Yesterday, July 2, was the 241st anniversary of America’s independence. July 2? Is this historian displaying some historical ignorance here? Not at all. The actual vote for independence in the Continental Congress took place on July 2, not July 4. The 4th is celebrated for the acceptance of the official document, the Declaration of Independence, which is the rationale for what they did on July 2.
Many people today don’t know this fact because we have decided, for some reason, to focus on the Declaration itself.
John Adams, who was there on July 2 to vote in favor of independence, wrote to his wife on July 3, telling her what he hoped for the future of the new nation:
It ought to be commemorated, as the Day of Deliverance, by solemn acts of devotion to God Almighty. It ought to be solemnized with pomp and parade, with shows, games, sports, guns, bells, bonfires and illuminations, from one end of this continent to the other, from this time forward forever.
Although he couldn’t see into the future with respect to which day we ended up celebrating, he was remarkably on target for what takes place on that day. He concluded his thoughts with these sobering words:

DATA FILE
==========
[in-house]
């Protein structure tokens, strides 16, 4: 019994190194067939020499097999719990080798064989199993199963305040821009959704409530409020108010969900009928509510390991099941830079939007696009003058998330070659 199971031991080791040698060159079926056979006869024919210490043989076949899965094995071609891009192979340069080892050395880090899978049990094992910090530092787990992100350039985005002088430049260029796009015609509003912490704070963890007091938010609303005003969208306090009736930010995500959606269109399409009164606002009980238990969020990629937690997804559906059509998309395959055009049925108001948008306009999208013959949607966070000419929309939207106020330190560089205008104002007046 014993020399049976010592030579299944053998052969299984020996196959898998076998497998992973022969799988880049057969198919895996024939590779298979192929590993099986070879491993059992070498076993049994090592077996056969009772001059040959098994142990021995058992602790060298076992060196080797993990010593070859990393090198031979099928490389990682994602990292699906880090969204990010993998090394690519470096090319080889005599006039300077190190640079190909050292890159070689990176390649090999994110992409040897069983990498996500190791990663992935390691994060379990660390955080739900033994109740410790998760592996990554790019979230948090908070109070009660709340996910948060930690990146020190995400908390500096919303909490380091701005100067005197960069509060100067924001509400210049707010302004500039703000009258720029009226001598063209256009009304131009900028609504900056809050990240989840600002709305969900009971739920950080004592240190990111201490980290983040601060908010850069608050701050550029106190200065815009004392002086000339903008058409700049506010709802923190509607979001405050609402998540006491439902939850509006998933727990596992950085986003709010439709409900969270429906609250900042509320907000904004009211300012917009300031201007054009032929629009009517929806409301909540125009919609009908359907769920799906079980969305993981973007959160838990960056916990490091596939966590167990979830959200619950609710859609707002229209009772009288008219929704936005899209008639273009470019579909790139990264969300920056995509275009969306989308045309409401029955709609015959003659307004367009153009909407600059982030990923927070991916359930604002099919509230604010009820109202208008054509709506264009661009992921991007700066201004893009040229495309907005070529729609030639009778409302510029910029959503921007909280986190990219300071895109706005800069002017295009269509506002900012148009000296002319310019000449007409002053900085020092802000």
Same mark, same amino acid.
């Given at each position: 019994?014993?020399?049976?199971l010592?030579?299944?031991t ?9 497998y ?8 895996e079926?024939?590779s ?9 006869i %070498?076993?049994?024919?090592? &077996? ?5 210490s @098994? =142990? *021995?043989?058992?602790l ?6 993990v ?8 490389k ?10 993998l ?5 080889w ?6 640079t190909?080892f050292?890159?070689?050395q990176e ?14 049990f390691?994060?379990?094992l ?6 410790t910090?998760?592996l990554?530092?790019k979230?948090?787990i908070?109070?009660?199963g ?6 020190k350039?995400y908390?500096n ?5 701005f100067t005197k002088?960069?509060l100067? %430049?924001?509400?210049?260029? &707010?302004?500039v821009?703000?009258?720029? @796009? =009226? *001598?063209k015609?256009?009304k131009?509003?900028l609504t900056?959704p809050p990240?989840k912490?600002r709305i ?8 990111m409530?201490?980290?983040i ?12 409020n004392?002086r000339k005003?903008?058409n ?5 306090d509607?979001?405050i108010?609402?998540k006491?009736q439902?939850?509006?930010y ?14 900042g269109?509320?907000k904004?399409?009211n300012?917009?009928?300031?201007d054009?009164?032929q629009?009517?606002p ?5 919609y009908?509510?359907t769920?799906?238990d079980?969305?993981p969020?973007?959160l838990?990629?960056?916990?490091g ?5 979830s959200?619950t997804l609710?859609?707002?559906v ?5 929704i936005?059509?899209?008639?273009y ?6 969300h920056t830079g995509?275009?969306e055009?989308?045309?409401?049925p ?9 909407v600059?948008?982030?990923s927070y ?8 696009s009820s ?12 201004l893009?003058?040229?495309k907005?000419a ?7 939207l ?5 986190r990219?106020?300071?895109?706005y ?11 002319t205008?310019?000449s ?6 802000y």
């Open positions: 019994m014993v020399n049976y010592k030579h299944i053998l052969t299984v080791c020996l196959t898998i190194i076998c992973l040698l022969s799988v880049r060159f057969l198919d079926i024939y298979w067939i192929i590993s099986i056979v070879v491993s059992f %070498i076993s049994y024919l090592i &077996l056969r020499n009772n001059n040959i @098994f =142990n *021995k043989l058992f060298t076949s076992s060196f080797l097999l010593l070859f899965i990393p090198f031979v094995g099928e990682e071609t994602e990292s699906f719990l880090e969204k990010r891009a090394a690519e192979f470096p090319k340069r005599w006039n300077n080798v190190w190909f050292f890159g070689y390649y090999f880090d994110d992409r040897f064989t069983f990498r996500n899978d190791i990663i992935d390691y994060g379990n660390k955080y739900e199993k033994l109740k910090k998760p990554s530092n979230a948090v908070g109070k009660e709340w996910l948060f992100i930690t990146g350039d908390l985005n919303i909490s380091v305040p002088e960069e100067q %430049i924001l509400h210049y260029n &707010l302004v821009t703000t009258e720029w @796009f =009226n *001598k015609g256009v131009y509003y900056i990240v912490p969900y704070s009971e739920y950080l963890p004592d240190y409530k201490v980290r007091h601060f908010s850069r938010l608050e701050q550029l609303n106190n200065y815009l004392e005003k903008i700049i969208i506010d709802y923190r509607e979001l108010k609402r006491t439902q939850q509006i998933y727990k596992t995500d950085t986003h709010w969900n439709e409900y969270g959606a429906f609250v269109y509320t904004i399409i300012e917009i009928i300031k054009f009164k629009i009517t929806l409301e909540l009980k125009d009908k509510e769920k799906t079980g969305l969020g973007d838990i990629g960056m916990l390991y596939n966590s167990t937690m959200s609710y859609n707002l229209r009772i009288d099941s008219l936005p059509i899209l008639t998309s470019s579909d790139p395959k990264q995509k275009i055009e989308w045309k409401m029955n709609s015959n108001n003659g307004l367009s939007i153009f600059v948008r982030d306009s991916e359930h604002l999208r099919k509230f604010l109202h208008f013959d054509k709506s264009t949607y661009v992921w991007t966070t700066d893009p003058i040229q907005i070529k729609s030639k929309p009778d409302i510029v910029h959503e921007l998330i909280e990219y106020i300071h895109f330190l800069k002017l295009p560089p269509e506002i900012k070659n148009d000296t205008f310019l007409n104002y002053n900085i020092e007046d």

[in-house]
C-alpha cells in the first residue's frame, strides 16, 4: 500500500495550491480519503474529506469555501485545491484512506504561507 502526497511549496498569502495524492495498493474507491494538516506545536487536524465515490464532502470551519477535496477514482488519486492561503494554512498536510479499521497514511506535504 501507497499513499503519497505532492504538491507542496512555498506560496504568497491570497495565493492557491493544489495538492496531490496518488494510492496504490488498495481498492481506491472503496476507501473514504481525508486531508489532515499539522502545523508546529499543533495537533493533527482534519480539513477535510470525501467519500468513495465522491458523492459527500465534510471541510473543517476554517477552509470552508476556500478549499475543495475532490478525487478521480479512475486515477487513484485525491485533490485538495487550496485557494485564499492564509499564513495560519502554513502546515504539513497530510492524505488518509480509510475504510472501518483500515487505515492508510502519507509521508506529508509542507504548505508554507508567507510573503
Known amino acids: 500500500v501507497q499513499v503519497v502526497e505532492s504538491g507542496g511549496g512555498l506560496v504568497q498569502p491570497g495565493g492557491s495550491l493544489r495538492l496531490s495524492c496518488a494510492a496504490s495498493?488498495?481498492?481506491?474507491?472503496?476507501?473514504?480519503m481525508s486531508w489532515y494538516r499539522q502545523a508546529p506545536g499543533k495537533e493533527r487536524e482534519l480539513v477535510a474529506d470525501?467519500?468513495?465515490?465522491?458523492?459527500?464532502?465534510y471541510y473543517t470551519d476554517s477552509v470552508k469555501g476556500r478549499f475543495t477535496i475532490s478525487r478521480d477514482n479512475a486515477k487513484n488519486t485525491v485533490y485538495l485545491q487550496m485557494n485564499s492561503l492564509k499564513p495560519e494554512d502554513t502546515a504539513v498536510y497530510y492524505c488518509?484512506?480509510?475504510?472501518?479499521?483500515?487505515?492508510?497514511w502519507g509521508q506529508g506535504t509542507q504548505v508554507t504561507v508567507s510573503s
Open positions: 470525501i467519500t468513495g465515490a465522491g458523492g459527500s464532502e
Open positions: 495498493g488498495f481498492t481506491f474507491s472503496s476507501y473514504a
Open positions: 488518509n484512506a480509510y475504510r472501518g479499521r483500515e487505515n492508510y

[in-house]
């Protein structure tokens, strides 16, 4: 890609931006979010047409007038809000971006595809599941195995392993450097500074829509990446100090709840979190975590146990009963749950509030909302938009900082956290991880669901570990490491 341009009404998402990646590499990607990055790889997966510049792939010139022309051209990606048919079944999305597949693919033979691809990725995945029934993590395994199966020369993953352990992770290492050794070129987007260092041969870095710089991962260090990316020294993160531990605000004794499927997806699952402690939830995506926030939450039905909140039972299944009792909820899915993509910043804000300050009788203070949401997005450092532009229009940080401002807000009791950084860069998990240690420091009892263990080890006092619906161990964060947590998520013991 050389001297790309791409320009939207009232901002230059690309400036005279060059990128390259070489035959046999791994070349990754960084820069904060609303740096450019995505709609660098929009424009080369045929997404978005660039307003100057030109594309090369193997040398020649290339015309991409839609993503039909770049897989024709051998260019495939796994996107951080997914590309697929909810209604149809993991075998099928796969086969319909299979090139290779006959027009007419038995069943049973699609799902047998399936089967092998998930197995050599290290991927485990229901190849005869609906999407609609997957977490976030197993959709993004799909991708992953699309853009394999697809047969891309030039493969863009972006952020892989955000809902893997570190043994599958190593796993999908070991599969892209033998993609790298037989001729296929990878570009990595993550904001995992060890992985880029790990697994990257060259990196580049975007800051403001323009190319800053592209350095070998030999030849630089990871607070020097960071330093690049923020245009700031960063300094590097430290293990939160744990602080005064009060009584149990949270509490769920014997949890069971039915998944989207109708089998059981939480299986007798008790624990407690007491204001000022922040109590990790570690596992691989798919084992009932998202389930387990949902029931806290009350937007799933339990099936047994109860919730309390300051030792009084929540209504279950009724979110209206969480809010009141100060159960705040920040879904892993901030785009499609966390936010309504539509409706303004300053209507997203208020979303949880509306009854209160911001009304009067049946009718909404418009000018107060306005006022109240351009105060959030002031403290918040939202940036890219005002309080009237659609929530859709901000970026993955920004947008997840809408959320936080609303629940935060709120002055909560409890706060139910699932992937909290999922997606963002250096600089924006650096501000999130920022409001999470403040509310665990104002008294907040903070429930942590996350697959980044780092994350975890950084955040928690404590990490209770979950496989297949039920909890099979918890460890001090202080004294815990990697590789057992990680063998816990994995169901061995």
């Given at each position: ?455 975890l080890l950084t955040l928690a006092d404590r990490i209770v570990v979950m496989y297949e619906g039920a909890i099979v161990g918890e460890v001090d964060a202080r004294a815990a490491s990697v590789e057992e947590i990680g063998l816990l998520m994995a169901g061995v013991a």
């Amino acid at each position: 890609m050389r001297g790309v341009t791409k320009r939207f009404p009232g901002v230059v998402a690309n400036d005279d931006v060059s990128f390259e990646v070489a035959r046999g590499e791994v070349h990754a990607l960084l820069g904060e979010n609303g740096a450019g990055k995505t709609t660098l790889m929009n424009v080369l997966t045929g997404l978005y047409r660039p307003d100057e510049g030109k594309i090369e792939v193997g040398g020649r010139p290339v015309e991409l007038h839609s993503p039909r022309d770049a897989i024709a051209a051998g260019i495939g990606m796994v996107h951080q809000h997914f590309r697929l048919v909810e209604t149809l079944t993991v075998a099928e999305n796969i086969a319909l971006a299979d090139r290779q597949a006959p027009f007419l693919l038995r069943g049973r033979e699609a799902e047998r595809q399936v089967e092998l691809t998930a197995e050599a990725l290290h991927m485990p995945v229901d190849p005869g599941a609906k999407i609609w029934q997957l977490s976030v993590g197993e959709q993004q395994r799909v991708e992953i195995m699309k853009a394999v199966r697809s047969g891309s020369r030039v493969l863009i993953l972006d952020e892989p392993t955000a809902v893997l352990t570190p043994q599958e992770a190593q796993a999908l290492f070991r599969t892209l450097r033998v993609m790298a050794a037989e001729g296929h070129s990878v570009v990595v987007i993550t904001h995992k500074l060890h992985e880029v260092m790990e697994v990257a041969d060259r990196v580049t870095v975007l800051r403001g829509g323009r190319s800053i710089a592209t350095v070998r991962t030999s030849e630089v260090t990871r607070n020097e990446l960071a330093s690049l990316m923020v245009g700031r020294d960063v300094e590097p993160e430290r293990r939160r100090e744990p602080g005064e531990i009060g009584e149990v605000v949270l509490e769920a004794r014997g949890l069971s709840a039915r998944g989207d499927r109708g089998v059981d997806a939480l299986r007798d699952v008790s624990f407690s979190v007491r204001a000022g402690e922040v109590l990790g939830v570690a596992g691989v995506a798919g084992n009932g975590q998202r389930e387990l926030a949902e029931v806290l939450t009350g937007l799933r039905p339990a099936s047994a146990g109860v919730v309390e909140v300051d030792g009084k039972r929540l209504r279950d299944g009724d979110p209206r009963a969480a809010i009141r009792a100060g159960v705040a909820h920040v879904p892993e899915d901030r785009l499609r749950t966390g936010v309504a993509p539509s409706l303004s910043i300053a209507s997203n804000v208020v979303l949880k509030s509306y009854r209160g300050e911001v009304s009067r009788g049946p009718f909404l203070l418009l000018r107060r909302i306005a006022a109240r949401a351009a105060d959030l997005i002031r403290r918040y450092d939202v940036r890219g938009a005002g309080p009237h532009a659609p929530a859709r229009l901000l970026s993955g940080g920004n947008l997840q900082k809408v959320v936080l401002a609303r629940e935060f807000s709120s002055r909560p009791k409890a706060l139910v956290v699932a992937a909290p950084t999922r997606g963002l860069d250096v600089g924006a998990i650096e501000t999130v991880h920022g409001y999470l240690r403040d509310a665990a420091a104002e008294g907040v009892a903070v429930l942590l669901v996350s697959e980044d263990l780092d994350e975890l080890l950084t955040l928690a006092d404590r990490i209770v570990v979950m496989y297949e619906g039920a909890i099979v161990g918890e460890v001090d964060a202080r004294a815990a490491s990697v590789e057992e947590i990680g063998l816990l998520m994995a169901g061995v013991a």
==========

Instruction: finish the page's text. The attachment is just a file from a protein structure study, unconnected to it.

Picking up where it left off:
You will think me transported with enthusiasm, but I am not. I am well aware of the toil and blood and treasure that it will cost to maintain this Declaration, and support and defend these States. Yet through all the gloom I can see the rays of ravishing light and glory. I can see that the end is worth more than all the means.
Again, he was correct. It was a costly decision to declare independence, but I agree with him that the end has been worth the toil, blood, and treasure expended.
These days, I’m not sure how many people, particularly in the younger generation, have any concept of what this movement toward liberty cost the Founders. I’m sure many have their facts confused.
Let’s strive to overcome the ignorance whenever we can. I’m grateful that the Lord gives me that opportunity every semester in the classroom.